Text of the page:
Andrew Mason figured out how to inject hysteria into the process of bargain hunting on the Web. The result is an overnight success story called Groupon.
Groupon, a name that blends “group” and “coupon,” presents an online audience with deep discounts on a product or service.
Unlike so many dot-com rockets, Groupon is a real business. Occupying 85,000 square feet inside a rehabbed eight-story former Montgomery Ward warehouse in Chicago’s River North neighborhood, the company is on track to pass $500 million in revenue this year, according to a report Morgan Stanley put together to win some underwriting business.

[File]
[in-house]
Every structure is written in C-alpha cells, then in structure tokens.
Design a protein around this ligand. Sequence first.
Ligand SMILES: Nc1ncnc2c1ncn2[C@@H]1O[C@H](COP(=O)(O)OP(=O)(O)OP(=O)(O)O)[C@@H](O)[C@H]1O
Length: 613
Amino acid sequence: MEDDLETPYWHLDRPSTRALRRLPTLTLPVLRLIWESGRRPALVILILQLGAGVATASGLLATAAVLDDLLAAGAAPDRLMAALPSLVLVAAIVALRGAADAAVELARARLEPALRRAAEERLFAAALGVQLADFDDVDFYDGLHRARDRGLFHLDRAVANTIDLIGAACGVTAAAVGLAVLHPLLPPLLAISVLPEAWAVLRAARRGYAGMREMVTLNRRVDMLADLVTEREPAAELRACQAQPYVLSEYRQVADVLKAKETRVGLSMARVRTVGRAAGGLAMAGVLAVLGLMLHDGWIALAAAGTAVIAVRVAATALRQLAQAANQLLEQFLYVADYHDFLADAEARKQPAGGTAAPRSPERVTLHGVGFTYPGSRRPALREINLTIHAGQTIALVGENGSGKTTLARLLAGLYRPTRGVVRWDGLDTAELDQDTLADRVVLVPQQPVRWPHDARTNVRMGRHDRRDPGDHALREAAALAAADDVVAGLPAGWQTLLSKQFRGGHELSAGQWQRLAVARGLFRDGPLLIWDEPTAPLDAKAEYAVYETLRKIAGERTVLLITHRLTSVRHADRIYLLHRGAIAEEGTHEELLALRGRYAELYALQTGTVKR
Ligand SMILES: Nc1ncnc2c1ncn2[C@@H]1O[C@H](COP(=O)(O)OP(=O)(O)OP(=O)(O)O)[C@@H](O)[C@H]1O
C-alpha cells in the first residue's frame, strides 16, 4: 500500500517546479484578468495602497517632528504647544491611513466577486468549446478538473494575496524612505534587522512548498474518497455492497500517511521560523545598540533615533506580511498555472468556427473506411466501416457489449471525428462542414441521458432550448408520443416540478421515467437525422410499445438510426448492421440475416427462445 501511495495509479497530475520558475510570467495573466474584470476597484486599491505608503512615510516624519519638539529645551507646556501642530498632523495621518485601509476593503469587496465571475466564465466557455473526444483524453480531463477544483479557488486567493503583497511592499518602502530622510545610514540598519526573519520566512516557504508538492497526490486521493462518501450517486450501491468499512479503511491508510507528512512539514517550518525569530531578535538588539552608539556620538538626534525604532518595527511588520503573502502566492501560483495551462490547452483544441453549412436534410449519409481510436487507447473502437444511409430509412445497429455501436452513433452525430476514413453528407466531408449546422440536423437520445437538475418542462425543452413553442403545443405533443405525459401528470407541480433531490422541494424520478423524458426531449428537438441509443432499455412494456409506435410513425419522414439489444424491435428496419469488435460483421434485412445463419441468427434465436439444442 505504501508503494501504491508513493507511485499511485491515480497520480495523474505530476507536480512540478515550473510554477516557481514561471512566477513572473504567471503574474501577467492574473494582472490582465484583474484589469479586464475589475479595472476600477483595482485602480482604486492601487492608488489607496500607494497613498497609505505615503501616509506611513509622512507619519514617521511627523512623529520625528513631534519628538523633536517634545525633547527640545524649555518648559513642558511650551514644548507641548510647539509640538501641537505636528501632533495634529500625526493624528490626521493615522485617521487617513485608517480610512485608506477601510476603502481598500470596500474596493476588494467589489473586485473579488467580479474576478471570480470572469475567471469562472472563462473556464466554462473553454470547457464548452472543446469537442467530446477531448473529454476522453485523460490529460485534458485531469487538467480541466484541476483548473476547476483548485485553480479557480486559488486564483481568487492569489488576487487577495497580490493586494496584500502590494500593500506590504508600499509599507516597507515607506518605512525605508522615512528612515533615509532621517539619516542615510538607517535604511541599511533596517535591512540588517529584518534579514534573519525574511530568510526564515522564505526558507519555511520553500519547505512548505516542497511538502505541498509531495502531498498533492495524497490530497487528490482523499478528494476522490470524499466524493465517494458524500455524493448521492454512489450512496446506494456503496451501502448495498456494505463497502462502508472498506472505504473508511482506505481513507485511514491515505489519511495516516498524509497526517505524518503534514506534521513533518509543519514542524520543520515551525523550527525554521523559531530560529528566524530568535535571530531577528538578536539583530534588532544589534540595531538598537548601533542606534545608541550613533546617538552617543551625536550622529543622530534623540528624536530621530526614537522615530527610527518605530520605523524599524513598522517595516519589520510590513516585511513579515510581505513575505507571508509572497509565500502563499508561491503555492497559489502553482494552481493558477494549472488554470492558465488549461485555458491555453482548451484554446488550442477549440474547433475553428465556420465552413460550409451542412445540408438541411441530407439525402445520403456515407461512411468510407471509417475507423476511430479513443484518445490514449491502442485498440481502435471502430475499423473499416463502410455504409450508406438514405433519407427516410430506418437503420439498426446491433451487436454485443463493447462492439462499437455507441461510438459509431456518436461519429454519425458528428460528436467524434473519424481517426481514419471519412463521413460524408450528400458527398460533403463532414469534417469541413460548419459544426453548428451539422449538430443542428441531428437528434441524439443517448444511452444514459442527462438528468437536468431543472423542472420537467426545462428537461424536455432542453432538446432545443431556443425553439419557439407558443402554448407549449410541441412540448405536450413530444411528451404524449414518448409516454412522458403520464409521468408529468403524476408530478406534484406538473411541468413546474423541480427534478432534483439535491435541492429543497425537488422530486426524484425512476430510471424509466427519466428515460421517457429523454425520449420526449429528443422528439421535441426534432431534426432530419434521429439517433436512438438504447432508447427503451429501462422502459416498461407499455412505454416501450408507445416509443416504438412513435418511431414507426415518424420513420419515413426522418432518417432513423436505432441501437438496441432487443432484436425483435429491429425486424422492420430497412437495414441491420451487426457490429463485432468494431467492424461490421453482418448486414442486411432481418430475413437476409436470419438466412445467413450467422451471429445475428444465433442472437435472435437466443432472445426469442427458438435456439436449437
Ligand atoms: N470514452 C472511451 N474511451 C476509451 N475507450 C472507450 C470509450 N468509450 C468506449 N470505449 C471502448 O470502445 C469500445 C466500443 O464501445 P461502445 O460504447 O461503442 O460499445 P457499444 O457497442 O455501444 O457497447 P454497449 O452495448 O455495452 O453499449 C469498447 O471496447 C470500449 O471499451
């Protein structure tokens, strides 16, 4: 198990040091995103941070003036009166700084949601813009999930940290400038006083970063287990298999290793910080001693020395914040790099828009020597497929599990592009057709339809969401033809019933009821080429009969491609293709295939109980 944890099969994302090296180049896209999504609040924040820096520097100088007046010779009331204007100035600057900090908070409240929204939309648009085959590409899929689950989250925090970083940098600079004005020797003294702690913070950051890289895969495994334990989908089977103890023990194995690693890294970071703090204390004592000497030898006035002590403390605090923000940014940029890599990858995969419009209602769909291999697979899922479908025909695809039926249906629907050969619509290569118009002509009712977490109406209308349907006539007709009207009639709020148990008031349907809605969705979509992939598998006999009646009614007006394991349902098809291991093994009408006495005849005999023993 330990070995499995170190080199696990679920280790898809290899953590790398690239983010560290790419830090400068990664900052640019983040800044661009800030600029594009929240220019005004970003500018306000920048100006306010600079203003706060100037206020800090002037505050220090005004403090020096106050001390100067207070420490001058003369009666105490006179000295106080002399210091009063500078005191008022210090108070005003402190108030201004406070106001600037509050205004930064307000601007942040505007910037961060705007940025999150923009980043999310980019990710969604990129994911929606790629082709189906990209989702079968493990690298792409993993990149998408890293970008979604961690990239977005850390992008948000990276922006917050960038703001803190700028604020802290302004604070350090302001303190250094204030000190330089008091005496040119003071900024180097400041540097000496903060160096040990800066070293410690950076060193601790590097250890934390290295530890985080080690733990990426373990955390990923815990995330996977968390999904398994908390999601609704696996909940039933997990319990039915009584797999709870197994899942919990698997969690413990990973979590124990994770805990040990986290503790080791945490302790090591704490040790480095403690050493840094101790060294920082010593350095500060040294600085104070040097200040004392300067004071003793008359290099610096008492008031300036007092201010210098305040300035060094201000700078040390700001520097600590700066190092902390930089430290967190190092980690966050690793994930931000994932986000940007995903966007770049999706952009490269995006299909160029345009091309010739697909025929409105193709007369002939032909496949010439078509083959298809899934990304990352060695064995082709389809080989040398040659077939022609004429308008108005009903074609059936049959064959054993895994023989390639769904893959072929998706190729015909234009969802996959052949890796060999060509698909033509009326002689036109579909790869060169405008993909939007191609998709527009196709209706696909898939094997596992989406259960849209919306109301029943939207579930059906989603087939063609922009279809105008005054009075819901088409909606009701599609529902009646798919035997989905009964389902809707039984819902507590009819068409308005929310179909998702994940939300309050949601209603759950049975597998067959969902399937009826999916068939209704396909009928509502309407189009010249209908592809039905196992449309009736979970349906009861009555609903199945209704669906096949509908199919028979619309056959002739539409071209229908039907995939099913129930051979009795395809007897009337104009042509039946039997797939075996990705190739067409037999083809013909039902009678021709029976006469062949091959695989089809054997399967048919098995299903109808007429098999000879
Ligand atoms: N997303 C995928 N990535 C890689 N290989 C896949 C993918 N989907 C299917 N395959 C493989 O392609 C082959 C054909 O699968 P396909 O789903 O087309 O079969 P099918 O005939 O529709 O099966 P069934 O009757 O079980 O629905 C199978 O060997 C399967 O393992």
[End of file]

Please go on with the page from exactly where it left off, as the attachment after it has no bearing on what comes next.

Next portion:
Mason’s model is transforming the way companies–especially smaller ones with limited marketing budgets–snag sales. In May Groupon sold 6,561 tickets to a King Tut exhibit in New York’s Times Square for $18 apiece, little more than half the list price.
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